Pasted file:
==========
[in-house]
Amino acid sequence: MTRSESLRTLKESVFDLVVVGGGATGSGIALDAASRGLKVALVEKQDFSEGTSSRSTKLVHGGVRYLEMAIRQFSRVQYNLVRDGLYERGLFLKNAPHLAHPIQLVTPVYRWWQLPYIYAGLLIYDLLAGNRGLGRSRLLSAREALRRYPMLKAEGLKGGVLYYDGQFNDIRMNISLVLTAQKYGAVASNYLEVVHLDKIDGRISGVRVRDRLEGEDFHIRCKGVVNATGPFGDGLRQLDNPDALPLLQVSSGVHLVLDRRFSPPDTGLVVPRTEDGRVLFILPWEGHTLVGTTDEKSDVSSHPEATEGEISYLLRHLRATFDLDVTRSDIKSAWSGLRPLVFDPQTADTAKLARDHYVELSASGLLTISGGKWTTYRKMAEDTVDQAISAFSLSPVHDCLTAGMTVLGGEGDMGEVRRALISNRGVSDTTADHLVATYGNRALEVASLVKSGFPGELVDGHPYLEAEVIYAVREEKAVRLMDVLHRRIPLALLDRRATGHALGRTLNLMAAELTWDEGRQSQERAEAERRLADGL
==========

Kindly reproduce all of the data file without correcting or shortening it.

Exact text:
[in-house]
Amino acid sequence: MTRSESLRTLKESVFDLVVVGGGATGSGIALDAASRGLKVALVEKQDFSEGTSSRSTKLVHGGVRYLEMAIRQFSRVQYNLVRDGLYERGLFLKNAPHLAHPIQLVTPVYRWWQLPYIYAGLLIYDLLAGNRGLGRSRLLSAREALRRYPMLKAEGLKGGVLYYDGQFNDIRMNISLVLTAQKYGAVASNYLEVVHLDKIDGRISGVRVRDRLEGEDFHIRCKGVVNATGPFGDGLRQLDNPDALPLLQVSSGVHLVLDRRFSPPDTGLVVPRTEDGRVLFILPWEGHTLVGTTDEKSDVSSHPEATEGEISYLLRHLRATFDLDVTRSDIKSAWSGLRPLVFDPQTADTAKLARDHYVELSASGLLTISGGKWTTYRKMAEDTVDQAISAFSLSPVHDCLTAGMTVLGGEGDMGEVRRALISNRGVSDTTADHLVATYGNRALEVASLVKSGFPGELVDGHPYLEAEVIYAVREEKAVRLMDVLHRRIPLALLDRRATGHALGRTLNLMAAELTWDEGRQSQERAEAERRLADGL